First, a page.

JESUS’ promise to be living waters to all who believe is now a promise to residents of two communities within Brisbane’s Northern Rivers deanery.
As of January 1, the Catholic parishes of Stanley River and neighbouring Caboolture have united to form one community, known as the Living Waters parish.
From the official decree of establishment, signed by Brisbane Archbishop Mark Coleridge, the decision was made to unite the communities “to ensure the best provision of priestly ministry and pastoral care”.
The decree brings together Catholics who worship at St Peter’s, Caboolture; Little Flower, Bribie Island; St Mary’s, Woodford; St Michael’s, Kilcoy; and the Beachmere community.
All five communities belong to the Northern Rivers deanery, which stretches from Bray Park to the Stanley River.
The decision to unite the communities was proposed by Archbishop Coleridge and the archdiocese’s Council of Priests and proposed to Caboolture parish priest Fr David Pascoe and former Stanley River parish administrator Fr Dantus Thottathil.
Fr Pascoe said the parish title “Living Waters” was suggested and voted on by parishioners, and was the “clear selection”.
He said there were at least three reasons to unify the two communities.
“The issues were isolation of the priest in Stanley River, the proximity of the parishes, and the use of pastoral resources,” he said.
As far as pastoral resources go, the widespread parish covering 90km between Bribie Island and Kilcoy is surviving with just two priests.
This made the first two weekends of Masses in January “a bit tense” as schedules were changed to allow Fr Pascoe and associate pastor Fr Lucius Edomobi to celebrate Mass at as many communities as practically possible, while still having time to greet members of their new community.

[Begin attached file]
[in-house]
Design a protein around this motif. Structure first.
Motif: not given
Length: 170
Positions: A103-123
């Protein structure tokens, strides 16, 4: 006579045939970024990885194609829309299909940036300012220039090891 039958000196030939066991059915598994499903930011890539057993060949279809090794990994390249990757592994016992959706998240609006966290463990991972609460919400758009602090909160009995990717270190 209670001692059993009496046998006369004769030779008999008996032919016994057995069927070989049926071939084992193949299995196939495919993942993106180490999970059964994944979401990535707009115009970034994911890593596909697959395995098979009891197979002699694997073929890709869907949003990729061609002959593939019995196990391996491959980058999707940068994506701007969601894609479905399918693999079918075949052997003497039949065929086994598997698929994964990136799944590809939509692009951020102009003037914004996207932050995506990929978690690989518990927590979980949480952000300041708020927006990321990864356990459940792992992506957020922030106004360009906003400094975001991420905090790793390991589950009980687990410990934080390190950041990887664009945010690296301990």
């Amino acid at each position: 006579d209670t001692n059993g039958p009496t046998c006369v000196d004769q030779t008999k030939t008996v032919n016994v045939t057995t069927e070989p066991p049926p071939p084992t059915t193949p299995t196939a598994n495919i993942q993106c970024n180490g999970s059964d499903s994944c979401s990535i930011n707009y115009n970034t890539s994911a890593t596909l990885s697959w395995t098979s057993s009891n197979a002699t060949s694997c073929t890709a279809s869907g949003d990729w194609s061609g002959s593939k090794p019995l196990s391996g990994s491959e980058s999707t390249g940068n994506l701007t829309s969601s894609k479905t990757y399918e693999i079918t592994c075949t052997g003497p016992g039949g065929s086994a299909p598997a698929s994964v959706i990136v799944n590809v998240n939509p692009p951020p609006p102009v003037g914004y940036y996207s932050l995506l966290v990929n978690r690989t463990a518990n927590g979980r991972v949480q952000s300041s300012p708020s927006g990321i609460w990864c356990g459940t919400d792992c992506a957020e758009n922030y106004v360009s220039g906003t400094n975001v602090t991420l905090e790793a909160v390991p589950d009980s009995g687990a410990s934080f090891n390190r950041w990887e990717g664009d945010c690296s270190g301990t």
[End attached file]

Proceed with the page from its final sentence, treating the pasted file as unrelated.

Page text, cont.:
“We wanted to allow some time to talk to the people, because we can’t just pop in and pop out,” Fr Pascoe said.
While acknowledging the changes weren’t easy for all members of the community, Fr Pascoe had hope in the future of the parish, saying the unification of other Brisbane parishes, namely Ipswich, Jubilee and Gatton-Laidley, showed the changes can work.
Fr Pascoe said amalgamating communities was a practical reality given there were not enough priests to cover a rapidly growing demographic.
“In the future, the development of the South East corner means we will have to take this into consideration again and again,” he said.
“This won’t be the last time we look at how best we can resource the South East corner of Queensland. It’s a new reality.”
In accordance with canon law, a finance council and pastoral council will be established in the parish, and Fr Pascoe is to be installed as parish priest within three months.
Archbishop Coleridge said in the decree of establishment that the living water offered to the Samaritan woman at Jacob’s well was a promise for the faithful of the new parish.
“May the rivers and waterways of this new parish always be a reminder of Jesus’ promise of this ‘living water’ and may it become, in the people, a spring of water welling up to eternal life,” he wrote.